In political terms, Denmark is a special country in more ways than one. It's been part of the EU since 1973, but its people have opposed Maastricht with all their will, with major riots (the only comparable to last weekend's in recent history) breaking out after the 1993 referendum, which in retrospect were at least as important as the 1995 French strikes in catalyzing the antiglobalization movement in Europe. And many Danes were in Göteborg, a crucial episode in the maturation of noglobal protest in Europe, just before Genoa. As the now respectable Italian right-wing leader and former fascist Gianfranco Fini said to Time magazine: "Genoa will be like Göteborg, or worse." (Since he went on to commandeer the riot cops in Genoa, he made sure his dire prediction would come true.) As a consequence of the fierce popular opposition to Maastricht, Denmark is not part of the euro, but it's very much part of the eurocratic mainstream. The reason: flexicurity, currently the solution favored by the European Commission to temper the disasters (and limit the political costs) brought by unilateral flexibility, while forcing workfare down the throats of the unwilling youth of Europe. Although a Nordic country with an extensive welfare system and strong unions, social democracy hasn't had an easy life in 21st century Denmark. A staunchly occidentalist, neoconservative right has been in power since 2001. Denmark has turned into a faithful bushist ally, more long-lasting than Berlusconi's Italy. This exceptional partiality to NATO and America make the Danish version of flexicurity – the latest edition of Nordic social model after the demise of the top-down and paternalist, but generous and universalist, socialdemocratic welfare state – particularly liked by the Barroso commission.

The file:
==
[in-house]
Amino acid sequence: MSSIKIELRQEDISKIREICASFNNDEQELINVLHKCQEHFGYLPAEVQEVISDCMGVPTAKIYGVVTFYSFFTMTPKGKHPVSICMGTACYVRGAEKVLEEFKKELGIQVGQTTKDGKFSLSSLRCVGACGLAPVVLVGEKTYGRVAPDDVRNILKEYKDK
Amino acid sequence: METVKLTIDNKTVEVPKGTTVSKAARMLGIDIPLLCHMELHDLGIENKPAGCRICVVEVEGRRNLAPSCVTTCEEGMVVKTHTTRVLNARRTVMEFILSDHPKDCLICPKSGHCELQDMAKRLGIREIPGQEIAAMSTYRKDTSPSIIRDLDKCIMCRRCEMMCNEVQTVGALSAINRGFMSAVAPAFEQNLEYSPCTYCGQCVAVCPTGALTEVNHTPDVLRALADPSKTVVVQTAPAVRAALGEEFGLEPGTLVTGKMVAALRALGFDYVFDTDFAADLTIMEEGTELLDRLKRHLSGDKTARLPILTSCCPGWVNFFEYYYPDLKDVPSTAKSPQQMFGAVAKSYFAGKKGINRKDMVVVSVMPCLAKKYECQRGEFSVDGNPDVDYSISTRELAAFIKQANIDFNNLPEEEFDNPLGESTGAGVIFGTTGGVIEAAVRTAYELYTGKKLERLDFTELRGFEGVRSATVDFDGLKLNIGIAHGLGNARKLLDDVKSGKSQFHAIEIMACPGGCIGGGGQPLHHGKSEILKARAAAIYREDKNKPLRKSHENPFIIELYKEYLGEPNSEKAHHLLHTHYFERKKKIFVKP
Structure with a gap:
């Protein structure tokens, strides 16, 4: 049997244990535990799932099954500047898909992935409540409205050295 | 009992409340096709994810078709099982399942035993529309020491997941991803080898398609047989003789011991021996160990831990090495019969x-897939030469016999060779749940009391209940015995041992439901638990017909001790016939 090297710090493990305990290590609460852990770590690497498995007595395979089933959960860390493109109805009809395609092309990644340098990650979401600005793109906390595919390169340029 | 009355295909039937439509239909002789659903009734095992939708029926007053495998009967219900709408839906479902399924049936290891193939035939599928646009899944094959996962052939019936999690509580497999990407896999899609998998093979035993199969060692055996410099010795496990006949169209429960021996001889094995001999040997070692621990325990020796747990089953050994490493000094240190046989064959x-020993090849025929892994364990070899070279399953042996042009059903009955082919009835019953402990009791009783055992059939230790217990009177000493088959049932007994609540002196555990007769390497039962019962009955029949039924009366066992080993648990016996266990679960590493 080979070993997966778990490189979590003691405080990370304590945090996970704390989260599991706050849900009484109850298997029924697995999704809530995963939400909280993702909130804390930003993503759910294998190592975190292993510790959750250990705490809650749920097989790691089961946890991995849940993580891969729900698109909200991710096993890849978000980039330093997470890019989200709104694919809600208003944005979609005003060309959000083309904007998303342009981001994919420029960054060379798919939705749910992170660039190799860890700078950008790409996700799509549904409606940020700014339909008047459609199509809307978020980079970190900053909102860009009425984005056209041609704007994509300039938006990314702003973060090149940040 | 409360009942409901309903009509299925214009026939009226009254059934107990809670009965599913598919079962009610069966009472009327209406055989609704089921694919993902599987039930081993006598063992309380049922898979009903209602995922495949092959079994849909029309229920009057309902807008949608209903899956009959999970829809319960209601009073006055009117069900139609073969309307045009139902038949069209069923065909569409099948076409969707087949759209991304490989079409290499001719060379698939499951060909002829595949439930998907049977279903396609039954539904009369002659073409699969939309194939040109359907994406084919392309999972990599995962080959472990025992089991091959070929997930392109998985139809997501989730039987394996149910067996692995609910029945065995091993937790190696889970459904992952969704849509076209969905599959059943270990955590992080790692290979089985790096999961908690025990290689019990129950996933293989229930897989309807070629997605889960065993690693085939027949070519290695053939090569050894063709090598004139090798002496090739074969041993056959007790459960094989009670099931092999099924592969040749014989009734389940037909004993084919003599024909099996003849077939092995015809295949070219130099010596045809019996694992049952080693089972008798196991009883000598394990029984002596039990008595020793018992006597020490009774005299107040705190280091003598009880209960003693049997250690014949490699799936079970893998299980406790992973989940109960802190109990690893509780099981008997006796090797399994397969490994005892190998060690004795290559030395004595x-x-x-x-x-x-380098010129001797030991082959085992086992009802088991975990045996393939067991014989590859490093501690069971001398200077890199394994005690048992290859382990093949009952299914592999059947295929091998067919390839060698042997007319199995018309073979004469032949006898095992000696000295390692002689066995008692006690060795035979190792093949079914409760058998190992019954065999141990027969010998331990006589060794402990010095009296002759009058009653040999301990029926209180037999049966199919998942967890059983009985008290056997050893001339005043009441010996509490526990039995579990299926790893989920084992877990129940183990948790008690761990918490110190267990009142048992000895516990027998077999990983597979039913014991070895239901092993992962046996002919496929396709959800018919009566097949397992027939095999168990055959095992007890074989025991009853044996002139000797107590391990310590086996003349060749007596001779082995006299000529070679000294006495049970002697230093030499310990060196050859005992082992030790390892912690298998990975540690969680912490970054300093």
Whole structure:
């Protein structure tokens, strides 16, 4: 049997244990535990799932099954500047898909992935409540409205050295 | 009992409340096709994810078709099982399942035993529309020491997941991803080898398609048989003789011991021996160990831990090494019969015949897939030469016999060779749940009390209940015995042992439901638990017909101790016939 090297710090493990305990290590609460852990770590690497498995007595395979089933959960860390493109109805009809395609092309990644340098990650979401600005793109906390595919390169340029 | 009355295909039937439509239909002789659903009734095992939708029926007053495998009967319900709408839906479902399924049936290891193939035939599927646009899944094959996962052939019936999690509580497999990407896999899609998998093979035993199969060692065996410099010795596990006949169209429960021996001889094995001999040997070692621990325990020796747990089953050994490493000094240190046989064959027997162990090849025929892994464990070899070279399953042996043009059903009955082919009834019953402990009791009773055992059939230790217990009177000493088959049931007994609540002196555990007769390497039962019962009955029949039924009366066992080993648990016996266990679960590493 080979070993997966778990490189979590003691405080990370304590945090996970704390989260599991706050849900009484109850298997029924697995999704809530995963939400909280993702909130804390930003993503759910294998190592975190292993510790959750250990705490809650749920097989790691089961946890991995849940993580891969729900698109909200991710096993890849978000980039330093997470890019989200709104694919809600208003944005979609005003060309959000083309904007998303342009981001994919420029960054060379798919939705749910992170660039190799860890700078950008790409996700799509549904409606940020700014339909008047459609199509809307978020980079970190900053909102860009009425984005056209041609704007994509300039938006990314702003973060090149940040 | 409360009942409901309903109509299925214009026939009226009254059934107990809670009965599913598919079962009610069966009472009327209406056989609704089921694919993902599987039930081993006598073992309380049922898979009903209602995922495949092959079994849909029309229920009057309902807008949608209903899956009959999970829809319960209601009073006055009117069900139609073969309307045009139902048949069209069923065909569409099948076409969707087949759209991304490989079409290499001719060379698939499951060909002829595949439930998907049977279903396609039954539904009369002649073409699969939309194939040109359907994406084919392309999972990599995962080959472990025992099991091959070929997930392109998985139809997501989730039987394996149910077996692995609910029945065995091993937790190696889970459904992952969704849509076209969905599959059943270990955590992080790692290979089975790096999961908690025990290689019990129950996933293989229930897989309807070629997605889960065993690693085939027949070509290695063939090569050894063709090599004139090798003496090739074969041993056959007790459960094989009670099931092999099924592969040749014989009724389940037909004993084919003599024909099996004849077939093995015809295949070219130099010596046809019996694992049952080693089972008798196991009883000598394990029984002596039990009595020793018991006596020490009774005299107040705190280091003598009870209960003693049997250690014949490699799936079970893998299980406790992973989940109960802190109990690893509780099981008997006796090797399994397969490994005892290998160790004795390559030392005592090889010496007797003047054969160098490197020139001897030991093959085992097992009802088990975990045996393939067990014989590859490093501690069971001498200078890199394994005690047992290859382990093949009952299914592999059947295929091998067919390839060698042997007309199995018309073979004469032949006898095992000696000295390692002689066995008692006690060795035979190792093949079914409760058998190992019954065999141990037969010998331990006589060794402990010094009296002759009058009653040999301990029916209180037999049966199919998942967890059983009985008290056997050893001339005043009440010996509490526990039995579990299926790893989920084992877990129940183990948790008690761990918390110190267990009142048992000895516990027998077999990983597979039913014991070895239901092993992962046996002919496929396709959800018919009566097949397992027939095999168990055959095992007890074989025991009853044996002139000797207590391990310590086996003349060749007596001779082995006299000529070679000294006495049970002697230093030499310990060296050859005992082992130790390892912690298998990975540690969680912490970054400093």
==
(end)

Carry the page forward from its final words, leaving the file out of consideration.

Of course, the land which hosted the first Jacobin revolution outside France and invented quantum physics remains a land with a penchant for free thinkers and rabble rousers: the Danes have a fierce sense of humor, which compares favorably with their Scandinavian neighbors (remember The Kingdom by Lars von Trier?). And Copenhagen, a city fully immersed in the informational networks and supply channels (think container and shipping giant Maersk) feeding the global economy, is full of them. With respect to the British or Italian creative class, Danish brainworkers are more radical and libertarian. Anarchism has flourished since the early 80s from anarchopunk to black bloc and beyond. Radicalism with red and green tinges is also in full bloom. In fact, generalized reliance on peer-to-peer sharing and free downloading has been furthered by collectives such as piratgruppe. And antiprecarity ideas and actions are currently fermented by groups like flexico. And who could ever forget such great subvertising stunts like anti-pepsi Guaraná Power (also a commercial success in the Jutland peninsula)?